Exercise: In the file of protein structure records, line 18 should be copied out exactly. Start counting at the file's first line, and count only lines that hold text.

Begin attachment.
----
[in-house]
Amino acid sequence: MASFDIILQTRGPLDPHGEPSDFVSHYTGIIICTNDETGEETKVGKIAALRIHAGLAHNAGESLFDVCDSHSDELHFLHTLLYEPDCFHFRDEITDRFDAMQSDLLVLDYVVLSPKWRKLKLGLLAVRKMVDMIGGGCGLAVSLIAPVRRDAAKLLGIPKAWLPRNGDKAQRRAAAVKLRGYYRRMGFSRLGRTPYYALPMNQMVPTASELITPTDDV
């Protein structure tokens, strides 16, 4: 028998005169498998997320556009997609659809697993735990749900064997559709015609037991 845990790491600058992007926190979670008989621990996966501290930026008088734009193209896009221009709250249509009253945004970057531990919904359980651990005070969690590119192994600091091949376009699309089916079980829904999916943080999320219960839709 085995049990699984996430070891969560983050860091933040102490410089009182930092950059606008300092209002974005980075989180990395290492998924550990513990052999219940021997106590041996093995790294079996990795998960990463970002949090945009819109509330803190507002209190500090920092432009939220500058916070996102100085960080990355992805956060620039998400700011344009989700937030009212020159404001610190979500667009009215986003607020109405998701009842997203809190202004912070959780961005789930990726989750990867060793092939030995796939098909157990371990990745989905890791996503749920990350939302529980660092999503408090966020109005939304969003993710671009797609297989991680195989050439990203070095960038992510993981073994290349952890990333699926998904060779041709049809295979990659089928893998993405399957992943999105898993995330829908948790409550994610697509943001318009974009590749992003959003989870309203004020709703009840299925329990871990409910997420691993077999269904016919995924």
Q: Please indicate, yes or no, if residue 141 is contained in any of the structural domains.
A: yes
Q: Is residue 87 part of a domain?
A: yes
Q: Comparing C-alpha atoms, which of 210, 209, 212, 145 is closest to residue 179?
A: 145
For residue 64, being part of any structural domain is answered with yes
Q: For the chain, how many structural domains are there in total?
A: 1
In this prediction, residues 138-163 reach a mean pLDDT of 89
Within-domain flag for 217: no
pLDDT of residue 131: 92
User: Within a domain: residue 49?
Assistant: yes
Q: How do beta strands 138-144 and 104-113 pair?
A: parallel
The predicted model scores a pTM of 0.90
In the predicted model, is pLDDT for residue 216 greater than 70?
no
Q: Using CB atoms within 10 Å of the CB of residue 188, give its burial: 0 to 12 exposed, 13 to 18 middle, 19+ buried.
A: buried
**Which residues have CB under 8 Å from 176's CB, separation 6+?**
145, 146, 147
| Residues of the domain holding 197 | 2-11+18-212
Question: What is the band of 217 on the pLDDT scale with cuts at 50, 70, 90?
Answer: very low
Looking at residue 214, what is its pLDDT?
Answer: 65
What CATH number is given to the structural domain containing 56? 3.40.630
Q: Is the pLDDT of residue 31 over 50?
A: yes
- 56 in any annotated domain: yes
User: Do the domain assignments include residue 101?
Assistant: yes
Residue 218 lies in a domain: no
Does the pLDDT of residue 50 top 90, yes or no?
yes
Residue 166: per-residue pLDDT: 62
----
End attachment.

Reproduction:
Q: How do beta strands 138-144 and 104-113 pair?